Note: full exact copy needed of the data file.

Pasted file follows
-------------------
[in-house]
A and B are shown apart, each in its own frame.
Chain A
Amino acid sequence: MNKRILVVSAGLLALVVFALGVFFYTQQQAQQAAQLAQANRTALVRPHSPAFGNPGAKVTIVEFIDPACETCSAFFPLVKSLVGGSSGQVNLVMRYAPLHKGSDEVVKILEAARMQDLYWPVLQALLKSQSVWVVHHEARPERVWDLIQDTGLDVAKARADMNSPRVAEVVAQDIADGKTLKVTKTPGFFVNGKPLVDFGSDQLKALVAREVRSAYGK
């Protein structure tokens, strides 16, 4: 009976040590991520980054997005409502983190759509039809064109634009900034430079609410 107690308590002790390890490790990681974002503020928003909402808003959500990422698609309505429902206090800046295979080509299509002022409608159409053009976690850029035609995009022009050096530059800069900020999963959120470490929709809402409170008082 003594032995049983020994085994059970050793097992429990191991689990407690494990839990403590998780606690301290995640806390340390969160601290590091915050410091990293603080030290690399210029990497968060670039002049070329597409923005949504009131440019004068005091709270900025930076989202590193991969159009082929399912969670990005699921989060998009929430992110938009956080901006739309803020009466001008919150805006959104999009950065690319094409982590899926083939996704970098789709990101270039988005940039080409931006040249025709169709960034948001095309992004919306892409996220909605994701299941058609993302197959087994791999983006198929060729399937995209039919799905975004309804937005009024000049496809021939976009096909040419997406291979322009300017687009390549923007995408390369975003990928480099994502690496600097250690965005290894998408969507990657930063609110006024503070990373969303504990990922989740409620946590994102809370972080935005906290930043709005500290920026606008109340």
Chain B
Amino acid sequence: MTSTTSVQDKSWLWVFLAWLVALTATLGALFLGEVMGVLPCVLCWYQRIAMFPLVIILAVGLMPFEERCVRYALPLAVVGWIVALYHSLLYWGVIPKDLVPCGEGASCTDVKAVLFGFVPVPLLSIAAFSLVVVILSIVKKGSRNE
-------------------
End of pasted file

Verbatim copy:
[in-house]
A and B are shown apart, each in its own frame.
Chain A
Amino acid sequence: MNKRILVVSAGLLALVVFALGVFFYTQQQAQQAAQLAQANRTALVRPHSPAFGNPGAKVTIVEFIDPACETCSAFFPLVKSLVGGSSGQVNLVMRYAPLHKGSDEVVKILEAARMQDLYWPVLQALLKSQSVWVVHHEARPERVWDLIQDTGLDVAKARADMNSPRVAEVVAQDIADGKTLKVTKTPGFFVNGKPLVDFGSDQLKALVAREVRSAYGK
């Protein structure tokens, strides 16, 4: 009976040590991520980054997005409502983190759509039809064109634009900034430079609410 107690308590002790390890490790990681974002503020928003909402808003959500990422698609309505429902206090800046295979080509299509002022409608159409053009976690850029035609995009022009050096530059800069900020999963959120470490929709809402409170008082 003594032995049983020994085994059970050793097992429990191991689990407690494990839990403590998780606690301290995640806390340390969160601290590091915050410091990293603080030290690399210029990497968060670039002049070329597409923005949504009131440019004068005091709270900025930076989202590193991969159009082929399912969670990005699921989060998009929430992110938009956080901006739309803020009466001008919150805006959104999009950065690319094409982590899926083939996704970098789709990101270039988005940039080409931006040249025709169709960034948001095309992004919306892409996220909605994701299941058609993302197959087994791999983006198929060729399937995209039919799905975004309804937005009024000049496809021939976009096909040419997406291979322009300017687009390549923007995408390369975003990928480099994502690496600097250690965005290894998408969507990657930063609110006024503070990373969303504990990922989740409620946590994102809370972080935005906290930043709005500290920026606008109340």
Chain B
Amino acid sequence: MTSTTSVQDKSWLWVFLAWLVALTATLGALFLGEVMGVLPCVLCWYQRIAMFPLVIILAVGLMPFEERCVRYALPLAVVGWIVALYHSLLYWGVIPKDLVPCGEGASCTDVKAVLFGFVPVPLLSIAAFSLVVVILSIVKKGSRNE